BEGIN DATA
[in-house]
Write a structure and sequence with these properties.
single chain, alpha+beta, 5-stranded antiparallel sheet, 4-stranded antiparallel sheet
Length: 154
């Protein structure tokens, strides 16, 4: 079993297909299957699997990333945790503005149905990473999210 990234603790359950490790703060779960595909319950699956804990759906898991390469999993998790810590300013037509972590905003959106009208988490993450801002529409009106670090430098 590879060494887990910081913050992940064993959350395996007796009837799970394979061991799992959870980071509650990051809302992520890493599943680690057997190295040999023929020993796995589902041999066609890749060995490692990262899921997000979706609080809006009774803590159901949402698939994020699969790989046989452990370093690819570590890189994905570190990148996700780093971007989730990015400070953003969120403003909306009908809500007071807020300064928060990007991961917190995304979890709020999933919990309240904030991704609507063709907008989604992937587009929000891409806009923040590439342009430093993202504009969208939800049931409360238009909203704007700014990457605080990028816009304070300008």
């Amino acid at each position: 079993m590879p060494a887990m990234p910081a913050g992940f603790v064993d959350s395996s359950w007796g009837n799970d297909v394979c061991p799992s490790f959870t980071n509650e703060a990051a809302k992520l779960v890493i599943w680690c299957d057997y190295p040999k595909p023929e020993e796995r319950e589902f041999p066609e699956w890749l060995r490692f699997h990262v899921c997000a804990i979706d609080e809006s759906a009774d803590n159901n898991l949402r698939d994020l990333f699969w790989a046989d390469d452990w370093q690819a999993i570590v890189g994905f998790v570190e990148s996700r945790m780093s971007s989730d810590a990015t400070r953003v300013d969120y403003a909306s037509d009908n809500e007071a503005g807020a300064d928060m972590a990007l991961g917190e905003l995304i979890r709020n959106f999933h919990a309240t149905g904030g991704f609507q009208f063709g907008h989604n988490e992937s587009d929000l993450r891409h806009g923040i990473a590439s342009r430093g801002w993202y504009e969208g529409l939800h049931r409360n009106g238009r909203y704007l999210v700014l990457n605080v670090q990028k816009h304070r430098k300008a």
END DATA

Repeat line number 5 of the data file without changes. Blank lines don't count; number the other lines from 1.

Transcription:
């Protein structure tokens, strides 16, 4: 079993297909299957699997990333945790503005149905990473999210 990234603790359950490790703060779960595909319950699956804990759906898991390469999993998790810590300013037509972590905003959106009208988490993450801002529409009106670090430098 590879060494887990910081913050992940064993959350395996007796009837799970394979061991799992959870980071509650990051809302992520890493599943680690057997190295040999023929020993796995589902041999066609890749060995490692990262899921997000979706609080809006009774803590159901949402698939994020699969790989046989452990370093690819570590890189994905570190990148996700780093971007989730990015400070953003969120403003909306009908809500007071807020300064928060990007991961917190995304979890709020999933919990309240904030991704609507063709907008989604992937587009929000891409806009923040590439342009430093993202504009969208939800049931409360238009909203704007700014990457605080990028816009304070300008």